Tuesday, January 06, 2009

Off to Teach!

Communication and transportation are the two constant challenges we face in our work here.

Today was the day a group of just graduated George Benson College students were scheduled to head off to eastern Zambia for new teaching assignments. Shadreck Sibwaalu was in charge of getting them there, and he had reserved two of the Mission’s Land Cruisers for the journey. I took my camera and went to see them off early this morning.

Loreen was there waiting to leave. She didn’t want to be posted in strange territory alone, so she was taking along her nine-year old brother, one of her sisters, and the sister’s baby. Getrude, a single mother, had her two children plus a nephew with her.

Sam was there, Nicholas was waiting just up the road, Fikoloma would jump on in Livingstone, and Auditor was meeting the group in Zimba--with a wife and two kids. The passenger count was at 15, plus two drivers. The Land Cruisers will seat a total of 22, but that’s without any baggage. All these passengers were staying for three months, and their luggage included everything from mattresses to sacks of mealie meal to bags of charcoal--even a hobbled chicken was waiting to be loaded! There was no way it was all going to fit.

I ran home and got David to come offer his advice. We called Shadreck, who by now was headed north with another group. Shadreck suggested that they ditch one Land Cruiser and take the Coaster bus instead. One of the drivers agreed that might work, but informed us that the Coaster couldn’t get to a couple of the schools that were off the beaten path—four-wheel drive would be needed to reach those sites, and the Coaster would get stuck too easily.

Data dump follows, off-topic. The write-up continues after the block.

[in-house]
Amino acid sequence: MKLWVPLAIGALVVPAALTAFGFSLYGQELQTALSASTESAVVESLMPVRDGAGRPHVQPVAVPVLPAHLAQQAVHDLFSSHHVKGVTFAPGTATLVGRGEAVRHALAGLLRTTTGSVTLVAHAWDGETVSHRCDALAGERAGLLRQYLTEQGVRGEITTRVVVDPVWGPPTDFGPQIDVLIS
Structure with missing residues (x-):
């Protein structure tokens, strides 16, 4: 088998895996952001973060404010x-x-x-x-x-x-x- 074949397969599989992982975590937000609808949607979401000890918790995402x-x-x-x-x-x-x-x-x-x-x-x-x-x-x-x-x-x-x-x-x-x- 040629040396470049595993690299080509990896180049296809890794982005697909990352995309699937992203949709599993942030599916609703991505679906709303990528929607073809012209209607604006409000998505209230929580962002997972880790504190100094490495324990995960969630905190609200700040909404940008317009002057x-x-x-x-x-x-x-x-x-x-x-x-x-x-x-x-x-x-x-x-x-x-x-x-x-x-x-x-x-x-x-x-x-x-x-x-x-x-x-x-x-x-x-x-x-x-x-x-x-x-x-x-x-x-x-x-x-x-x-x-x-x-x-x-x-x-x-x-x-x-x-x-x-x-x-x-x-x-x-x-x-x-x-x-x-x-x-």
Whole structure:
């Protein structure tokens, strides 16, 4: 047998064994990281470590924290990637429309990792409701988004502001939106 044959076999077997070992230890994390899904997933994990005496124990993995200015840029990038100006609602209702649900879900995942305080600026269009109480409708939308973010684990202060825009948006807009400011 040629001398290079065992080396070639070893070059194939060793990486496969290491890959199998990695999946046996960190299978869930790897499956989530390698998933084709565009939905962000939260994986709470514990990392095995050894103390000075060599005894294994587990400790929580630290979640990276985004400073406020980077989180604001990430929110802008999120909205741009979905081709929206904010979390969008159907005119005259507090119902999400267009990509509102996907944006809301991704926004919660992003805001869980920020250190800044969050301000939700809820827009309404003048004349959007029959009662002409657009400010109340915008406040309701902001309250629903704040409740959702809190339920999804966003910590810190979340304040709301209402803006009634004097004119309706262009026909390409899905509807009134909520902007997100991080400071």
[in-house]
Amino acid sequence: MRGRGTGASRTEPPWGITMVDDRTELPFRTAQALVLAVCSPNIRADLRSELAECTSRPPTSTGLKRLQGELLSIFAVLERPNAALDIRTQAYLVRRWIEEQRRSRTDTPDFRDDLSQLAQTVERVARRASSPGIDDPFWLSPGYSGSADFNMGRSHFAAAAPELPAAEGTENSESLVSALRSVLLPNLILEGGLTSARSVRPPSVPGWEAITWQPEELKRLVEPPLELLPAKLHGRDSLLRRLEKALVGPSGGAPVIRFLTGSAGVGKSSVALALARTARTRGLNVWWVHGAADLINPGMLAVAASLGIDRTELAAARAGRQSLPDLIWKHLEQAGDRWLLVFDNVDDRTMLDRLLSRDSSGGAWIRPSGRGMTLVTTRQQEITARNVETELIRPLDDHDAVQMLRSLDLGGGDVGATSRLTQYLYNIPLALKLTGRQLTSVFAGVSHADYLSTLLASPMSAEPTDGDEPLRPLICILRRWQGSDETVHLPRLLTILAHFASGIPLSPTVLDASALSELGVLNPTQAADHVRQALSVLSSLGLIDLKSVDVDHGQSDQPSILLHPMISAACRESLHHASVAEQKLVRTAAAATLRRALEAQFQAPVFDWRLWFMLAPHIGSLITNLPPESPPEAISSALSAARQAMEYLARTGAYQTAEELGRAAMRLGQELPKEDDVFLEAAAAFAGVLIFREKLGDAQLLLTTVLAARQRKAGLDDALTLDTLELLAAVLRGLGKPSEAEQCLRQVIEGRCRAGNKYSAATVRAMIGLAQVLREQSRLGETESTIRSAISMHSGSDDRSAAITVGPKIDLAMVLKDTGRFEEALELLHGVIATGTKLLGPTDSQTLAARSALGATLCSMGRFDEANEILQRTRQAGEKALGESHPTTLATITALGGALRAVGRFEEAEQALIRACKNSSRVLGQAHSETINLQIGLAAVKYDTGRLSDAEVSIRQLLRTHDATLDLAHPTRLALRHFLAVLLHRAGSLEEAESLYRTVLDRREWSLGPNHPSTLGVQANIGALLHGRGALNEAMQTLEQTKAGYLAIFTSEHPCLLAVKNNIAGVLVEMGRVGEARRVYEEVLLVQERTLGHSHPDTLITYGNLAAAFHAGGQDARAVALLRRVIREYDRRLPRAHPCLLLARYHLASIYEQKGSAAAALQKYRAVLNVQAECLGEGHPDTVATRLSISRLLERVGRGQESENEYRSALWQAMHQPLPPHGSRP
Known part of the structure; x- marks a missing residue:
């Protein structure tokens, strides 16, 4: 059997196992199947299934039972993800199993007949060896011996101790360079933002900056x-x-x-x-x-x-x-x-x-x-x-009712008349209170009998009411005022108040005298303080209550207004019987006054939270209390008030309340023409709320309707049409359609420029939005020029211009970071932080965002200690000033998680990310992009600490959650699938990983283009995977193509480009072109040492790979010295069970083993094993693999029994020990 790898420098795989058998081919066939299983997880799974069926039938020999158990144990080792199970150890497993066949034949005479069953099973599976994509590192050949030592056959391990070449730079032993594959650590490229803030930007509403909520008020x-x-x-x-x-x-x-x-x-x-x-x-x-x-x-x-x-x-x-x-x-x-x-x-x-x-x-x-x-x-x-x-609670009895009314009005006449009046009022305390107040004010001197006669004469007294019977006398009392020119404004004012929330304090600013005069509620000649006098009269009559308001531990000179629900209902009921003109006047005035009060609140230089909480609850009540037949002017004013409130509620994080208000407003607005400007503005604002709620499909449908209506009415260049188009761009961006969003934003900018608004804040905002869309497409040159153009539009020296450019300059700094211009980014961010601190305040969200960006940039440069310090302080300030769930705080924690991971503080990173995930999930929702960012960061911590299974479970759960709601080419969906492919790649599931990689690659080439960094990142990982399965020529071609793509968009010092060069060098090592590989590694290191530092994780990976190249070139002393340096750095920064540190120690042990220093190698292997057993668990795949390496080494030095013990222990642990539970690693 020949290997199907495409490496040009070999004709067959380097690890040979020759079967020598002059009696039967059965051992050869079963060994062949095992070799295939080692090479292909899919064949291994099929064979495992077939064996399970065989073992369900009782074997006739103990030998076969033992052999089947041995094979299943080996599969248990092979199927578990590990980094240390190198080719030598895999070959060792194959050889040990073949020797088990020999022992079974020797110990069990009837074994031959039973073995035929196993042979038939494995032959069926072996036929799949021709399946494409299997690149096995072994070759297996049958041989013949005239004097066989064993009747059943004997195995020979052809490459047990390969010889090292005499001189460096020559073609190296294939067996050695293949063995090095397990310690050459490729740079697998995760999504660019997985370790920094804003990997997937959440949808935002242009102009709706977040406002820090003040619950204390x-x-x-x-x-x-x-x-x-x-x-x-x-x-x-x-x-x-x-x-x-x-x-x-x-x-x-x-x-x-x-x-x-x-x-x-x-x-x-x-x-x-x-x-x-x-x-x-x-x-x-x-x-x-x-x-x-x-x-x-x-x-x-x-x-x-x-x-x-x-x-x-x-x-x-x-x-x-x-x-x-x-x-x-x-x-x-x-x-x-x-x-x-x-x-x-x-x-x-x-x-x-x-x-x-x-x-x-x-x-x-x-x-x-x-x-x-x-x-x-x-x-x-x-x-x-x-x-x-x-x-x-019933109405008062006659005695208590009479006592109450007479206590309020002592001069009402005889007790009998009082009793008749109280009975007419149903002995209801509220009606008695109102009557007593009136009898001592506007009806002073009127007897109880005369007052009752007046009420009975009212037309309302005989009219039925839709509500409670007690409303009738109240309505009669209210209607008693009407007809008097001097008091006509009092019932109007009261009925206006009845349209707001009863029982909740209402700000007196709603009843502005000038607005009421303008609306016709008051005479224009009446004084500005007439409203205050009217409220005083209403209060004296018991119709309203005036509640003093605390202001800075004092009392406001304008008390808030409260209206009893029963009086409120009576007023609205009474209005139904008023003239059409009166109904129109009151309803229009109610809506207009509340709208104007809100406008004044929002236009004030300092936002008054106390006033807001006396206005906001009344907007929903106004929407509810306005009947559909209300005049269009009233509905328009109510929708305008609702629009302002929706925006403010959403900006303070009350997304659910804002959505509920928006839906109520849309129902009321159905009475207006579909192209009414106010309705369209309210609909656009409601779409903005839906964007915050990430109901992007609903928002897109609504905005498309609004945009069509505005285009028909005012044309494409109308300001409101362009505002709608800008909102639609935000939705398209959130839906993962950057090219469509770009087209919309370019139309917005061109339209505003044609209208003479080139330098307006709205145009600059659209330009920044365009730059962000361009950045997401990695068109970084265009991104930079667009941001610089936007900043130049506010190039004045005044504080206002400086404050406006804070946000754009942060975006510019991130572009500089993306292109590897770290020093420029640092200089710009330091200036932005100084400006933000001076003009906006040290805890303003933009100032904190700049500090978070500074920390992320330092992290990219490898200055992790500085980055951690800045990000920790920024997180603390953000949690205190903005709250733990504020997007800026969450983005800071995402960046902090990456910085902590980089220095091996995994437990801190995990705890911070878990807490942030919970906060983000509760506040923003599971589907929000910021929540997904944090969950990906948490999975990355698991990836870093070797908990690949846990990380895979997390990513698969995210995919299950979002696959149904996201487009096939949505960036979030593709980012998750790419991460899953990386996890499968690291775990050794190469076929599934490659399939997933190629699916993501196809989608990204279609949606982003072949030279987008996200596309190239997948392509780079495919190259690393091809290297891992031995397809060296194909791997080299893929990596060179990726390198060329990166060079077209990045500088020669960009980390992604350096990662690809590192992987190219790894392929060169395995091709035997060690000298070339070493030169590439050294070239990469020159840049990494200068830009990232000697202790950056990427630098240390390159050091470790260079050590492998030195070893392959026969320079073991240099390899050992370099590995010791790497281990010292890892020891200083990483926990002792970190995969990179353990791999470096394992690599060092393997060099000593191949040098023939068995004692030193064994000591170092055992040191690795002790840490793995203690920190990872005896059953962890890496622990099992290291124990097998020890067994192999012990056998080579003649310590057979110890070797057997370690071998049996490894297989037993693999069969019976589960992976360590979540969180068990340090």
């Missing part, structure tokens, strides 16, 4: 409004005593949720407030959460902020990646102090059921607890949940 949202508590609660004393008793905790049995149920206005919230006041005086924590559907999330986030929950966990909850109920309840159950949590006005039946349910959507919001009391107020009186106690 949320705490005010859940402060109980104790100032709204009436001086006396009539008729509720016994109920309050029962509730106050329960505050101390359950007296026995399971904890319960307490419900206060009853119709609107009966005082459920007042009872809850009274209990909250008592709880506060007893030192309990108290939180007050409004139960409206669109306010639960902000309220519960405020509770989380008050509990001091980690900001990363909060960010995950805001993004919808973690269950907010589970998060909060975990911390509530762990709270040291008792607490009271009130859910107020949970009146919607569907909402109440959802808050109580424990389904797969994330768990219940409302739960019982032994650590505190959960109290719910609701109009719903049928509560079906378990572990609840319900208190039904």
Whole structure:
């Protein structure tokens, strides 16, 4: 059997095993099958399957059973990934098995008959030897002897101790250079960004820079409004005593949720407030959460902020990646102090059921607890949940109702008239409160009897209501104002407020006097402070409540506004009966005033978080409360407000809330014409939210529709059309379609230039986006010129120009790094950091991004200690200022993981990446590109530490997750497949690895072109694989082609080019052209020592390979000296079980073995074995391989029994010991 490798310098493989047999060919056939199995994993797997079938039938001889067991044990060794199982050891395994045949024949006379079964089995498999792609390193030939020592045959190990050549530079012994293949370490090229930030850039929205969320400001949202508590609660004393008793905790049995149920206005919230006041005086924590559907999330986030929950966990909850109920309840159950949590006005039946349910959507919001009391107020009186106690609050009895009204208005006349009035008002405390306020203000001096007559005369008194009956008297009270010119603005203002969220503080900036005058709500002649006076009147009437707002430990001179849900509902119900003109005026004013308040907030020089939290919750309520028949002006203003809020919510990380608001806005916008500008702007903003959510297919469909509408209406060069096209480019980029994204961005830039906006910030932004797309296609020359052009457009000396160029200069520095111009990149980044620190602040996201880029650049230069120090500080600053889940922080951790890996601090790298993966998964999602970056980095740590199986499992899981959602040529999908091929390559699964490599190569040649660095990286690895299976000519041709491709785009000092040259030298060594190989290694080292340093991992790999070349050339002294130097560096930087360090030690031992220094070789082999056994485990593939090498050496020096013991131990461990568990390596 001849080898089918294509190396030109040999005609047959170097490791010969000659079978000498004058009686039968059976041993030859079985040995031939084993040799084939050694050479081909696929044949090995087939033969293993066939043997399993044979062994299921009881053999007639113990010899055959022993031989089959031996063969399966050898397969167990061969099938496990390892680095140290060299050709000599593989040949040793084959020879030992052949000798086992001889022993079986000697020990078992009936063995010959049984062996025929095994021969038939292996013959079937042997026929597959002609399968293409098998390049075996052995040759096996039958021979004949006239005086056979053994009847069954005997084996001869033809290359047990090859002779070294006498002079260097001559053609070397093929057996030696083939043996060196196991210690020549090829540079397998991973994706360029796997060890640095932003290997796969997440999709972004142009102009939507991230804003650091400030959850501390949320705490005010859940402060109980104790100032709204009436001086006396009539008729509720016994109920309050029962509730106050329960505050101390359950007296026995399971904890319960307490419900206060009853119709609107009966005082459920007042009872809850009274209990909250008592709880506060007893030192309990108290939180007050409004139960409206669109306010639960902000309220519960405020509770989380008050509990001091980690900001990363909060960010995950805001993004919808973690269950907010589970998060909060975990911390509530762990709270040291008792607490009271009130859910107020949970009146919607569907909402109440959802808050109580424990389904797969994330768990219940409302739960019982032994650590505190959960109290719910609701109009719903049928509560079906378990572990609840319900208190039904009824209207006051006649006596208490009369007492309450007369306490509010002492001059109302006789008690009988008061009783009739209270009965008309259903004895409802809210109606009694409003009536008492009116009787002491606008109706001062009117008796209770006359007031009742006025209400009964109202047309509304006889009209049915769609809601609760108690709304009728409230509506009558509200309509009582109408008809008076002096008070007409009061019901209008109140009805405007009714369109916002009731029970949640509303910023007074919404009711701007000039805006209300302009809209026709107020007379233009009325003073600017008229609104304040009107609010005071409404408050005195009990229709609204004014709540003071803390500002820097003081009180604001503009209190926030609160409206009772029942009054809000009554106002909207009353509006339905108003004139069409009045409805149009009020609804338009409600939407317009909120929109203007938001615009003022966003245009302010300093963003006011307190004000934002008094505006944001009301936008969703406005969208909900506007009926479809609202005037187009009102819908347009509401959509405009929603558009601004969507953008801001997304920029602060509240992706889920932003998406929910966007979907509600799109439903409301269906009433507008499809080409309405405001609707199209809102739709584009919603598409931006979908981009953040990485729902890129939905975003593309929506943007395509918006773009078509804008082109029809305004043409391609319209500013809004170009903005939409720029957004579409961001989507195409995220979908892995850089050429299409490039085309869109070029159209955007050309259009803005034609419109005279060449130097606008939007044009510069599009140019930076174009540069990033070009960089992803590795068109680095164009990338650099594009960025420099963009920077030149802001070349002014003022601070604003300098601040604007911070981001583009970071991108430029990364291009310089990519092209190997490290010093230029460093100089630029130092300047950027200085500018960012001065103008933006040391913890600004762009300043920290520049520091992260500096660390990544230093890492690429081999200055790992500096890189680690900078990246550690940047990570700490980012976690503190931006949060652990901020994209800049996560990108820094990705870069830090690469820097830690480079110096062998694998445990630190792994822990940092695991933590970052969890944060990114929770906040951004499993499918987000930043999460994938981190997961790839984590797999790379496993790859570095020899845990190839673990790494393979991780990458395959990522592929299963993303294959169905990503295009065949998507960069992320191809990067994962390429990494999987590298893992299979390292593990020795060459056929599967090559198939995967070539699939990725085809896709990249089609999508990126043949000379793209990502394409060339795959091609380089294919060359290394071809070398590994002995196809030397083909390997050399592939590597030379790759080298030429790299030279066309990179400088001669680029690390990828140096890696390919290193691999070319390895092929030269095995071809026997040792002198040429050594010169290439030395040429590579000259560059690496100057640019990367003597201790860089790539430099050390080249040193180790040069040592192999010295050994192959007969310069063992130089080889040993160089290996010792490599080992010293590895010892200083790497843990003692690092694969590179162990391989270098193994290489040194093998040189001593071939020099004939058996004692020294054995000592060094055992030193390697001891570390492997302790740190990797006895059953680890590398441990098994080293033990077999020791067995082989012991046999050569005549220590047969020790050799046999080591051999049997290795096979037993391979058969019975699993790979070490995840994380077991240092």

David decided that the best solution would be for him to drive our vehicle which will comfortably hold five passengers in the front and lots of baggage in the back. He went home to pack his bag for the overnight trip while the drivers loaded up everyone else’s things inside and on top of the Land Cruisers. An hour or so later the group was ready to leave.


David called me later to tell me about another surprise. It seems Shadreck had agreed that another teacher could have a ride from the clinic, and of course the teacher had his wife and two kids along. As it turns out, Auditor’s wife and kids stayed at home, so there was room for the extras.

David had his group of teachers, relatives, and baggage delivered to their posts by early evening and made it back to Livingstone to spend the night.

Communication and transportation—always the challenges of living where we live and doing what we do!

1 comment:

Matt May said...

Linda
My name is Matt May and I lived at Namwianga in 1982-83 with my parents James and Barbara May. Dad taught at the secondary school there. I'm in the Air Force now and stationed at Monterey CA where I am taking a course in Sub Saharan Africa Politics. Anyway, all that to give you background how I got to here. We mentioned Zambia/Zimbabwe in class today so I started looking around for any current info and your blog showed up on Google. I also found the campus on Google earth. It has grown quite a bit since I was in 6th grade. Back then our house was brand new and the furthest one from the quad. Now there's houses all over and more campuses.

Take care and God bless. Just wanted to drop a line and reminisce a bit. Even tho I was a kid I remember how challenging even the simplest things could be, like travelling! I also chuckled at all the veggies. I remember having entire meals of just veggies grown in our garden.

Praying for you...
Matt May